What you should know and what you should do to avoid extra fees because of “Outpatient Observation” status.
Outpatient observation status is a hospital billing classification and a technique that hospitals use to prevent readmission. One of the reasons why this status is so important is that patients must be classified as inpatients for 3 days in the hospital in order for Medicare to pay for subsequent nursing home care. If you are in a situation where these factors can affect you, it is important for you to understand that observation status may be called “outpatient,” but it has nothing to do with where a patient receives care or the kind of care received. In short, “outpatient observation status” is a billing code. Hospitals use it to protect from overzealous auditors and medicare readmission penalties.
Observation status can be devastating. It can result in thousands of dollars in hospital bills, and thousands more in nursing home bills after a hospital stay. It saddles patients with increased out-of-pocket expenses, that they might not be aware of, until they receive a bill. The use of “outpatient observation status” can be dangerous because many patients can’t afford their care if Medicare won’t pay. If post-hospital care in a nursing home won’t be covered by Medicare, many people forego that care altogether, rather than face the enormous bills. The problem is growing: the number of patients cared for under observation status doubled from 2006 to 2014. In 2012 an average hospital stay in the U.S. cost $10,400, and the median monthly cost for a nursing home in the U.S. was almost $8,000.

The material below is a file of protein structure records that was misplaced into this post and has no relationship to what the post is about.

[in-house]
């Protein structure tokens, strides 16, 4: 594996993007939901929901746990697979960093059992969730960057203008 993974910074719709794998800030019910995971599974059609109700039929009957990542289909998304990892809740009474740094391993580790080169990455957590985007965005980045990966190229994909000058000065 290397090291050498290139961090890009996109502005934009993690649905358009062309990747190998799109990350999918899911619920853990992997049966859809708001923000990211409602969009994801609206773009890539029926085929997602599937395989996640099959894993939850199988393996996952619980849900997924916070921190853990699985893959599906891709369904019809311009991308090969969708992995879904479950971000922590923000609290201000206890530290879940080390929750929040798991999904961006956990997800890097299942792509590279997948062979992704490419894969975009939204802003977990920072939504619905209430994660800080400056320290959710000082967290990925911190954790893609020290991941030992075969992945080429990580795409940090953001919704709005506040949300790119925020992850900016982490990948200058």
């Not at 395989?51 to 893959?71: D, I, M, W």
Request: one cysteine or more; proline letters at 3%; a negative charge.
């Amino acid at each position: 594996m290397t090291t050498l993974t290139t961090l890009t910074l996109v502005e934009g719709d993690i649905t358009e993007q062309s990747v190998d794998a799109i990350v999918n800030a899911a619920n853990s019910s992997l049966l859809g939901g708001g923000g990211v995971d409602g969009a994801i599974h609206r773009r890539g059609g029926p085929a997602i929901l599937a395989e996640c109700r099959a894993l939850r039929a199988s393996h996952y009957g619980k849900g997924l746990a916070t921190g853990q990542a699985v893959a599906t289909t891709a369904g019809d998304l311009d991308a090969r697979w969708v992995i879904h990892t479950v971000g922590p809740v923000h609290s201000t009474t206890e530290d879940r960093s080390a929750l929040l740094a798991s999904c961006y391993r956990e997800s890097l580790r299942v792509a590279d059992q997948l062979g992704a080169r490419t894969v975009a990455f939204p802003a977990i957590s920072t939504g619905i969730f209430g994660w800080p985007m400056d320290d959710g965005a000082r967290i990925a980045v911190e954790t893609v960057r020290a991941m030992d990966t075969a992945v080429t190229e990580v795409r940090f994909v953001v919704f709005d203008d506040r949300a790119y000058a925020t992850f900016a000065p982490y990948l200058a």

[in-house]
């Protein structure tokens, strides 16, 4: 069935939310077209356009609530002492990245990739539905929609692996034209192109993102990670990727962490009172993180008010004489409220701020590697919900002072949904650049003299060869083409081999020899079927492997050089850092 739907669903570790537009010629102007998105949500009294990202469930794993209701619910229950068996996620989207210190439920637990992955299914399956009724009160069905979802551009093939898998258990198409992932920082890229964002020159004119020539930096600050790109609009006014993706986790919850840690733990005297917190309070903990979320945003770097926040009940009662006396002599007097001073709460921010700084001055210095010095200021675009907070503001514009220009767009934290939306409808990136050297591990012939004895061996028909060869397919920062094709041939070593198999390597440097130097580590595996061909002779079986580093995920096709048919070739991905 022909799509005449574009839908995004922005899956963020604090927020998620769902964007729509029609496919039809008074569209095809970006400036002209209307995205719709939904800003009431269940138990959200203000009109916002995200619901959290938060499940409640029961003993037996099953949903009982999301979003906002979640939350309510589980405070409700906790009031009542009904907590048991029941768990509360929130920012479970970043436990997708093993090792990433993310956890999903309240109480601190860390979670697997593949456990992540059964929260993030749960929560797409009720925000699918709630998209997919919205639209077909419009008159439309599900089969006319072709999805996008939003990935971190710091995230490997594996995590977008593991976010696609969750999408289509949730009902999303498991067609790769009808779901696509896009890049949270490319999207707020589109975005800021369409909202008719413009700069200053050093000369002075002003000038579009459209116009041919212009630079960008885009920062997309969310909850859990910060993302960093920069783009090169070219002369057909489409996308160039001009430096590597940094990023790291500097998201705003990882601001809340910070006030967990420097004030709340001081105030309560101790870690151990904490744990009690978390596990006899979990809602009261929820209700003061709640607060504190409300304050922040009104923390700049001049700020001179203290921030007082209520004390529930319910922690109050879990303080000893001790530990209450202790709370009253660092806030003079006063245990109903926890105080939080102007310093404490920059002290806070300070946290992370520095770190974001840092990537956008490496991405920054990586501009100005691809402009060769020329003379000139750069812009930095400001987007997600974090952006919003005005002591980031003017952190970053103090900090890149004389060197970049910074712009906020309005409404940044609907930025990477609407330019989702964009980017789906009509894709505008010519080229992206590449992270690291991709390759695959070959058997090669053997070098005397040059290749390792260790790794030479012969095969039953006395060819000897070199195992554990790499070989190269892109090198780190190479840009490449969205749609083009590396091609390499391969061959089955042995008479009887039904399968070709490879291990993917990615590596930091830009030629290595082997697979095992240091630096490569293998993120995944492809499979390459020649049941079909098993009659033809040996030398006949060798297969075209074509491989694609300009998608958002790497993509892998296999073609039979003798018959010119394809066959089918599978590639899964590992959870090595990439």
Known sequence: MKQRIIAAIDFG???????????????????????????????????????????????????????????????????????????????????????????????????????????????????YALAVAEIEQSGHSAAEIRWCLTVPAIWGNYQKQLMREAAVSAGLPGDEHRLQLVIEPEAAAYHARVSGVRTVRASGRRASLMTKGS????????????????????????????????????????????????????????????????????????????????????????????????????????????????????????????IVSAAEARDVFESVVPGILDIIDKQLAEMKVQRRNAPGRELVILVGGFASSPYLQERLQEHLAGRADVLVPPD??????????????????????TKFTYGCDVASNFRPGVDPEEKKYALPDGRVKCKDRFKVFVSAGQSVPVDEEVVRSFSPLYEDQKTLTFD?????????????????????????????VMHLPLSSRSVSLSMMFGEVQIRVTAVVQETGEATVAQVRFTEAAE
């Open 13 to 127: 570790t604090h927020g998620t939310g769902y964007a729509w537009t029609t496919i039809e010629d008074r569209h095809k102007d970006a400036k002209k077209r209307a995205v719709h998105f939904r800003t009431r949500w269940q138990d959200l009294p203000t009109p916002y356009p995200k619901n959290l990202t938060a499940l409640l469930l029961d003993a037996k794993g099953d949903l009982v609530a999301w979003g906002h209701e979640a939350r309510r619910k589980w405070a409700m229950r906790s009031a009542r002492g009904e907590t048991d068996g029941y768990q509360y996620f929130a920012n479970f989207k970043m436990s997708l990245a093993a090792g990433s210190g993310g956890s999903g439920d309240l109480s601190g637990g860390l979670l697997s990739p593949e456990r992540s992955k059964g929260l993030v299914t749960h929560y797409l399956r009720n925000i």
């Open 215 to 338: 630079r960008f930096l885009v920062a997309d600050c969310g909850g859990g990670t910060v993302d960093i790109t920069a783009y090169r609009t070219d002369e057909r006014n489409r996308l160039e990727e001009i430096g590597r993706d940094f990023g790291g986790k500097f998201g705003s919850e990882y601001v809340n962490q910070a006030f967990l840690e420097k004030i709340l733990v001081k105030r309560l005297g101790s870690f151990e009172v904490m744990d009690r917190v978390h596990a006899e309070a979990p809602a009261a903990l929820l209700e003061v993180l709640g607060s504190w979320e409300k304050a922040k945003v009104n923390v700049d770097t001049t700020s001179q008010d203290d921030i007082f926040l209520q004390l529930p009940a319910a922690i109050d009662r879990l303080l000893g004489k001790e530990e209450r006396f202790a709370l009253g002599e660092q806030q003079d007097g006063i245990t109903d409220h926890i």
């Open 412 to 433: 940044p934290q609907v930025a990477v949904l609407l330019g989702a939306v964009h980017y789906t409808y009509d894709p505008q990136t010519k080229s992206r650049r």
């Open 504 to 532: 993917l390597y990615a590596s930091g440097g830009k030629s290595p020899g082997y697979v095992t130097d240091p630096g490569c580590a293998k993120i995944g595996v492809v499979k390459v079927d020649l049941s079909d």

What YOU Can Do
There are a few practical steps that you can take to make sure that you don’t get saddled with extra bills from this status:
- Be educated about the meaning and intricacies of “outpatient observation status”.
- Communication and understanding at the beginning of a hospital stay is very helpful in stopping observation status before it starts.
- Ask the hospital doctor to admit the individual as an “inpatient”, and ask the patient’s regular physician to contact the hospital doctor to support this request.
- If the patient’s nursing home coverage is denied, make sure that you file an appeal.
- If there is no notice about “outpatient observation status,” file a complaint with the patient’s state health department.
Lastly, consider getting yourself an elder advocate. Advocates have much more of an understanding of the law and the ways that hospitals employ this tactic.
My Elder provides elder advocacy services to families. Talk to us about long-term planning, finding the right home for your loved ones, preventing crisis and abuse, and ensuring they receive the best care possible.